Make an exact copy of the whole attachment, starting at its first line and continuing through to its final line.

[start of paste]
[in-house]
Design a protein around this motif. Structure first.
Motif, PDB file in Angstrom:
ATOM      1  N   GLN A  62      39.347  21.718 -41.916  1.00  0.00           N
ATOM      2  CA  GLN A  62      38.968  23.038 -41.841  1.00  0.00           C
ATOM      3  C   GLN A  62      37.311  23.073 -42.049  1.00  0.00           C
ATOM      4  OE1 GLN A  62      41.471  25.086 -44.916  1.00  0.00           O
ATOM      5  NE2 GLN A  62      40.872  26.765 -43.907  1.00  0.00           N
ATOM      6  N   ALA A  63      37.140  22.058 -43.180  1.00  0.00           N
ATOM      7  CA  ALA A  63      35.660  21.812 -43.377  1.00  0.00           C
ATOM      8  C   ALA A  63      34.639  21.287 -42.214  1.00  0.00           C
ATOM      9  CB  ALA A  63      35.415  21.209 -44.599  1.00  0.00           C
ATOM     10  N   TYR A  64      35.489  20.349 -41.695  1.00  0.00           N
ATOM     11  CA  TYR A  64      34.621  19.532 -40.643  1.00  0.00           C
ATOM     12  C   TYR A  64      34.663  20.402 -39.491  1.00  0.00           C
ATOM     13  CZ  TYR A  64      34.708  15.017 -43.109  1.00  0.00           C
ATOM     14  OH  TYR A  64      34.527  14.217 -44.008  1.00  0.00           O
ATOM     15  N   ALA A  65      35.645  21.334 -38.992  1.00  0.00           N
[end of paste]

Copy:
[in-house]
Design a protein around this motif. Structure first.
Motif, PDB file in Angstrom:
ATOM      1  N   GLN A  62      39.347  21.718 -41.916  1.00  0.00           N
ATOM      2  CA  GLN A  62      38.968  23.038 -41.841  1.00  0.00           C
ATOM      3  C   GLN A  62      37.311  23.073 -42.049  1.00  0.00           C
ATOM      4  OE1 GLN A  62      41.471  25.086 -44.916  1.00  0.00           O
ATOM      5  NE2 GLN A  62      40.872  26.765 -43.907  1.00  0.00           N
ATOM      6  N   ALA A  63      37.140  22.058 -43.180  1.00  0.00           N
ATOM      7  CA  ALA A  63      35.660  21.812 -43.377  1.00  0.00           C
ATOM      8  C   ALA A  63      34.639  21.287 -42.214  1.00  0.00           C
ATOM      9  CB  ALA A  63      35.415  21.209 -44.599  1.00  0.00           C
ATOM     10  N   TYR A  64      35.489  20.349 -41.695  1.00  0.00           N
ATOM     11  CA  TYR A  64      34.621  19.532 -40.643  1.00  0.00           C
ATOM     12  C   TYR A  64      34.663  20.402 -39.491  1.00  0.00           C
ATOM     13  CZ  TYR A  64      34.708  15.017 -43.109  1.00  0.00           C
ATOM     14  OH  TYR A  64      34.527  14.217 -44.008  1.00  0.00           O
ATOM     15  N   ALA A  65      35.645  21.334 -38.992  1.00  0.00           N